You’ve probably heard of Moore’s Law, the prediction made by Gordon E. Moore, the co-founder of Intel. In 1965, he said that the number of transistors on integrated circuits would double every two years. He expected this to be the case for just ten years, but it’s still happening. This astounding progression of computing power is no better demonstrated than by your smartphone’s processor. To see how much things have changed, let’s take a trip down memory lane.
1996 – In the beginning
It’s 1996. Ebay launches the world’s first online auction site. The Spice Girls get their first number one with Wannabe and the movie Independence Day hits the big screen. Meanwhile, in Finland, Nokia launch the world’s first smartphone, the Nokia 9000 Communicator. Weighing in at a sturdy 397 g, the first ever Communicator was driven by an Intel 24 MHz i386 CPU.
Running on the GEOS 3.0 operating system, it had a mere 8 MB of memory: Half of which was used for apps, 2 MB for program memory and 2 MB for user data. While these specs might not sound very impressive, in its day the Nokia 9000 Communicator was the best a man (or woman) could get. This is probably why it was used by Val Kilmer when he played Simon Templar in the 1997 remake of The Saint.
2007 – Touchtastic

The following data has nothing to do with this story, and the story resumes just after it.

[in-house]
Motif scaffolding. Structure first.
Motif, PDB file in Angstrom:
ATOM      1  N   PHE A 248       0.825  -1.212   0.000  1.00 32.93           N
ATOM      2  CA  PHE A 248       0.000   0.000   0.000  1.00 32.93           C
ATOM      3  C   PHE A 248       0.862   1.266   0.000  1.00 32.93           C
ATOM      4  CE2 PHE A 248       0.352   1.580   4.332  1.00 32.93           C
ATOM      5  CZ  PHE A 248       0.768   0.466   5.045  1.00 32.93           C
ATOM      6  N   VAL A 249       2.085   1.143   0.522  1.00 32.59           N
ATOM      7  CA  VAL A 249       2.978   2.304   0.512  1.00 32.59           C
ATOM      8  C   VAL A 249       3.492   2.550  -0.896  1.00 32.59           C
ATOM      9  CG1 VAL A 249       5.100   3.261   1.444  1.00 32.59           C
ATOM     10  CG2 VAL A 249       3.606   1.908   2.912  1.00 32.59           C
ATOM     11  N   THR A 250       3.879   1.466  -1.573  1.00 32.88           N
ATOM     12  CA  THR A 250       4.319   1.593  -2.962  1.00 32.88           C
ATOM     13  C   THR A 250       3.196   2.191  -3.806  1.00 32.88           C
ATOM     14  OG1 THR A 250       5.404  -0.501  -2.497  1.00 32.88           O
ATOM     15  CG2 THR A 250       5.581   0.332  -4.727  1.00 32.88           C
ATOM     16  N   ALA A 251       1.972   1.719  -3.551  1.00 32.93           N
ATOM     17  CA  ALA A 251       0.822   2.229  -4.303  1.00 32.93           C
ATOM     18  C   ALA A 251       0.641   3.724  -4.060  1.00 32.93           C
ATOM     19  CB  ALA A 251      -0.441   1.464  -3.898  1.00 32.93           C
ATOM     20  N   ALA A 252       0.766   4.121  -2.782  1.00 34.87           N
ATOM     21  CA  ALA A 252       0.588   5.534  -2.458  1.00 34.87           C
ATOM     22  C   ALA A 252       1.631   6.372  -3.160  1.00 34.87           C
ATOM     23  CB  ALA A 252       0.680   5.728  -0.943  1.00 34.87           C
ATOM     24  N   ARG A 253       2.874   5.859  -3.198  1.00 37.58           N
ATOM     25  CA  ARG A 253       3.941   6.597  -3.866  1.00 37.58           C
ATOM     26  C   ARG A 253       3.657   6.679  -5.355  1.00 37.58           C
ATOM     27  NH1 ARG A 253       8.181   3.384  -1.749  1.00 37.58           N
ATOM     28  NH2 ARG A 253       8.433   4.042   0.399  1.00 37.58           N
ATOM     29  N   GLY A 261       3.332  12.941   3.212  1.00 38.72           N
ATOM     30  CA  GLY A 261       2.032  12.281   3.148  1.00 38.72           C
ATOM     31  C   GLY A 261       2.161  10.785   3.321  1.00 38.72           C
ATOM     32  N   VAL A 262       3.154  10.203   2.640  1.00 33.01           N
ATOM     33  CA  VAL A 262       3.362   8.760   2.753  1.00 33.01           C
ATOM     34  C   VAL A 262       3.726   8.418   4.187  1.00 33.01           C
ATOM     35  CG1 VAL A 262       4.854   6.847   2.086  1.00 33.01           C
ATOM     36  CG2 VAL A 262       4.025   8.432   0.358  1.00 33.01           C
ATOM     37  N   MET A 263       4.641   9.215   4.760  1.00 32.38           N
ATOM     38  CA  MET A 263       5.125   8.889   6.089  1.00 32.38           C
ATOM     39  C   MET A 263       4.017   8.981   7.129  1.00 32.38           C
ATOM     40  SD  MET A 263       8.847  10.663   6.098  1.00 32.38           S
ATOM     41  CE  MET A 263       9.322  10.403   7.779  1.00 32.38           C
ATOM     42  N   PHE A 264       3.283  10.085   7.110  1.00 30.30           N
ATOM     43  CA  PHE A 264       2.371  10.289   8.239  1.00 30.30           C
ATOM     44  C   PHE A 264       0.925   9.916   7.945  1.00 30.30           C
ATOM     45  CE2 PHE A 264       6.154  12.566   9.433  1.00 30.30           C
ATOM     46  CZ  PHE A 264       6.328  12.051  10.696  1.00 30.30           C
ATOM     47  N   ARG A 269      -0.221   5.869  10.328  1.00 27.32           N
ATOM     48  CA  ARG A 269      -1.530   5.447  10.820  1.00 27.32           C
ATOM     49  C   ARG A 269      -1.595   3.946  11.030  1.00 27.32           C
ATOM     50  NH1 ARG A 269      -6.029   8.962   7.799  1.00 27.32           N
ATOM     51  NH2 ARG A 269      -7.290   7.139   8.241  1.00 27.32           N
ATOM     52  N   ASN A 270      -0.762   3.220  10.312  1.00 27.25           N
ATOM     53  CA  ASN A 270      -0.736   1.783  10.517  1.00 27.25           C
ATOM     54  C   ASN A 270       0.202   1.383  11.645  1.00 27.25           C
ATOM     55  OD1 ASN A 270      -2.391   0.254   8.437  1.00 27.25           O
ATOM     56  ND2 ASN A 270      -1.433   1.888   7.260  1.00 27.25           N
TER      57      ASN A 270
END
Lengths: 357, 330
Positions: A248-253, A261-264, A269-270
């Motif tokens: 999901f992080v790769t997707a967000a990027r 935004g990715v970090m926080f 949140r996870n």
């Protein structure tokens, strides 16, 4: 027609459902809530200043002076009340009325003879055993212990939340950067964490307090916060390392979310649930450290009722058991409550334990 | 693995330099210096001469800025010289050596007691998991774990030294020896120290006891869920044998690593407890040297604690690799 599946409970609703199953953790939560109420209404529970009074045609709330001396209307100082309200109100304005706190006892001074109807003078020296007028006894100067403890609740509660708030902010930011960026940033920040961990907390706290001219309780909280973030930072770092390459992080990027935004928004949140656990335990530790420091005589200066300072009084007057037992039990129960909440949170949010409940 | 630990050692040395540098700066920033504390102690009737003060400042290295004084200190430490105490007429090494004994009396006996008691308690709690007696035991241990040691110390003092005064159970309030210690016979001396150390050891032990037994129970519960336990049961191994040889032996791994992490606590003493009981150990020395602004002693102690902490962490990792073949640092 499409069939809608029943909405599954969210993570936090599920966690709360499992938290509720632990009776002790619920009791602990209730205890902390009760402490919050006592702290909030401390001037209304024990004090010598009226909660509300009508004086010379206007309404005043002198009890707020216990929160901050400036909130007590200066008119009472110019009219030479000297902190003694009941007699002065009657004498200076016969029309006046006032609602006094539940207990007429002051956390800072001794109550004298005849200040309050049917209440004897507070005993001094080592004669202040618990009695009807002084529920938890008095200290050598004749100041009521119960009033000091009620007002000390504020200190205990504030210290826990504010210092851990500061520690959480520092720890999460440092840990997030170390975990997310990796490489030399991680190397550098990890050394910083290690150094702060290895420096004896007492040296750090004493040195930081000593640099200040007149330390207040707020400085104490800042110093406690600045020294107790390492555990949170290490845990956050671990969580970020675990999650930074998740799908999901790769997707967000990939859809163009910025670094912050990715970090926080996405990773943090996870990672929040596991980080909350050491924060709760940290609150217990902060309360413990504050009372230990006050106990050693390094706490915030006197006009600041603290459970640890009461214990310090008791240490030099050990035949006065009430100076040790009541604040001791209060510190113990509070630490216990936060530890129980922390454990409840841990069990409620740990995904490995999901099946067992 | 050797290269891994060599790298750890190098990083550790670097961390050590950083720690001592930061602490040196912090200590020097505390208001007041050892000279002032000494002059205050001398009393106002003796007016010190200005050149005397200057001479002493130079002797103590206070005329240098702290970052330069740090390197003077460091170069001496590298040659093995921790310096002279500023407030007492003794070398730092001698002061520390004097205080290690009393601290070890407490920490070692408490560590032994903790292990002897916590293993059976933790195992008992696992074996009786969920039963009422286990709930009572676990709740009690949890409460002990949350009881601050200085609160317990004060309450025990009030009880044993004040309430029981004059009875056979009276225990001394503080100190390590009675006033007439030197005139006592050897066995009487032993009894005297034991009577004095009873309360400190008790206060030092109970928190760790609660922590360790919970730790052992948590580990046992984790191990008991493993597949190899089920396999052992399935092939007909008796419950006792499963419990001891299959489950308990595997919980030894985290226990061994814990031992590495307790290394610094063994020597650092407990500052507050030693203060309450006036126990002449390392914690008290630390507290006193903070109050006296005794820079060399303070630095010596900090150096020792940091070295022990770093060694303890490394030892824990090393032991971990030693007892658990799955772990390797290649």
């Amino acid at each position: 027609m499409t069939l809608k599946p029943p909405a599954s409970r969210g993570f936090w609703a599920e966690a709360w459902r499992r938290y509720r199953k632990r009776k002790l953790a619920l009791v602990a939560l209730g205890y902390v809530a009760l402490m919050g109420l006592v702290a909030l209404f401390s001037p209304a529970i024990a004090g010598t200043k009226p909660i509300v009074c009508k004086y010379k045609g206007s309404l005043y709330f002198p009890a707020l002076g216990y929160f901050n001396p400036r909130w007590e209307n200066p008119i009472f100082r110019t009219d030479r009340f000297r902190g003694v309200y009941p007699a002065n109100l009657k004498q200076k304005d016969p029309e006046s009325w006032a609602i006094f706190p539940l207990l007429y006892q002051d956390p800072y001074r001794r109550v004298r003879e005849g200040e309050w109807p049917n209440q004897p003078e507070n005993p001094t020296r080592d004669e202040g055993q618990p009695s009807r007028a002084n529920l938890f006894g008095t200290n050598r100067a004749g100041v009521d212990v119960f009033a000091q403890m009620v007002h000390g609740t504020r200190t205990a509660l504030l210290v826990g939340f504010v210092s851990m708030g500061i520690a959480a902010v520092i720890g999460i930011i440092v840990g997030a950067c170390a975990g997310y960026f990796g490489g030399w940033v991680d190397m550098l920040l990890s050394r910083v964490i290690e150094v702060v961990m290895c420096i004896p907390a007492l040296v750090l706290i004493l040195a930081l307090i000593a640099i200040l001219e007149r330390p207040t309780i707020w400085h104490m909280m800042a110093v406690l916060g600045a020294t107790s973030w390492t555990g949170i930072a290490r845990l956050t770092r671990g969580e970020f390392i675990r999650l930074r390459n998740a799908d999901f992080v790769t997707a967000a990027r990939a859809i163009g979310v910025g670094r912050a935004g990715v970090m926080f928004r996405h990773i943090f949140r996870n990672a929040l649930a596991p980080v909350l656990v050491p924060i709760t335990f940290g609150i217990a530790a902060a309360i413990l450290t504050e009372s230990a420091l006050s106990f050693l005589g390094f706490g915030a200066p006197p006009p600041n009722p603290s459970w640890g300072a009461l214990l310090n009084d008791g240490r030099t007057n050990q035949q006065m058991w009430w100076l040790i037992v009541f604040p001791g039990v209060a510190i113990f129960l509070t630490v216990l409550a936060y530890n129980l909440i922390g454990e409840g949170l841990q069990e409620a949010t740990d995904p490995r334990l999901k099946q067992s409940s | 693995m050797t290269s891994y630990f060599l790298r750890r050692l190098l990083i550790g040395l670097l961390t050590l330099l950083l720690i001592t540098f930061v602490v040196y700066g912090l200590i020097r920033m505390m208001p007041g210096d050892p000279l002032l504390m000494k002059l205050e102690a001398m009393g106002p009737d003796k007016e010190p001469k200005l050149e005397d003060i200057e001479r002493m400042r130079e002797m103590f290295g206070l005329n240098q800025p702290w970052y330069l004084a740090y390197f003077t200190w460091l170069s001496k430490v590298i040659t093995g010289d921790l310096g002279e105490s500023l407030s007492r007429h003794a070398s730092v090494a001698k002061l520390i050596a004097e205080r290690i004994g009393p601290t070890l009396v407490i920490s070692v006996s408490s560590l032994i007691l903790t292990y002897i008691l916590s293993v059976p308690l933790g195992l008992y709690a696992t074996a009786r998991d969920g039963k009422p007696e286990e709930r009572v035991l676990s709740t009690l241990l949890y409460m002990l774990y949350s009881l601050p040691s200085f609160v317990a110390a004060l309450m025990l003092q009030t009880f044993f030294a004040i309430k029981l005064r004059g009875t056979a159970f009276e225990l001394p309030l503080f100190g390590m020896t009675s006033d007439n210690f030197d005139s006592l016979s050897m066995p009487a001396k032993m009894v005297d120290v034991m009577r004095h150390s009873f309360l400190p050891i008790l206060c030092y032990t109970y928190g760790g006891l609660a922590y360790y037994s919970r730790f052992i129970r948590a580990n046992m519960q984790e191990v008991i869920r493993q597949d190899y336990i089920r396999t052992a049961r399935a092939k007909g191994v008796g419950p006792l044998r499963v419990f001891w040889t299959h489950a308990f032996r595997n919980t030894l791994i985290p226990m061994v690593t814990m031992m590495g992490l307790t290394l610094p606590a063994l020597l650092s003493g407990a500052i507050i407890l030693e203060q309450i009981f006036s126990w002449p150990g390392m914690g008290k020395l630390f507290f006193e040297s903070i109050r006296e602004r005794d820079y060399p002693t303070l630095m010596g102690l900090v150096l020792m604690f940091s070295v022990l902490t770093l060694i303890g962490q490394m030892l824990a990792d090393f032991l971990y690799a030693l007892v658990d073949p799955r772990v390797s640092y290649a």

While smartphone processing power continued to scale at unprecedented speeds, it wasn’t until 2007 that touch screen smartphones and the emergence of a big screen really pushed developers and component makers to keep pace with this ramp up. Typically these power hungry machines needed a 620 MHz CPU and used 128 MB of memory.
2008 – SoC it to them
With smartphones becoming increasingly sophisticated, the need for more computing power in a smaller space became paramount. Fortunately, human ingenuity delivered in 2008 when Qualcomm delivered the first System on a Chip (SoC) processors for mobile devices.
In a traditional desktop PC, the CPU, RAM, graphics card and storage are scattered pieces on a motherboard. Inside a smartphone, most of the space is taken up by the battery, and the notion of spreading functionality between different chips would cause severe space constraints and bring battery life to its knees. To overcome these challenges, engineers, like those from Qualcomm, put all the necessary components—CPU, GPU, memory, and wireless radio technologies—on a single chip.
2012 – Snappier than ever
Which bring us to today. You probably expect the world’s most innovative smartphone to have the world’s most innovative processor. Well, you’d be right. The Nokia Lumia 920 and its sibling the Lumia 820 both contain Qualcomm’s latest Snapdragon S4 processors. At 28nm, the Snapdragon S4 takes die-shrinking to a new level, balancing performance and power efficiency like no other chip. Dual Core and clocked at 1.5GHz, the Snapdragon S4 processor makes smartphones faster and more versatile, too.
What’s more, within the Snapdragon S4 processor, you’ll find an Adreno 225 GPU. This graphics component enables the Nokia Lumia 920 and 820 to play the latest DirectX 3D games, drive HD content and support 720 p high resolution displays. Combined, this means the Nokia Lumia 920 is hundreds of times faster and has one hundred and twenty five times more memory than the original Nokia 9000 Communicator.
This incredible evolution of processors like Qualcomm’s Snapdragon shows this trend is set to continue. But how amazing can smartphones get? Let us know your predictions below.
Updated October 1, 2015 8:09 am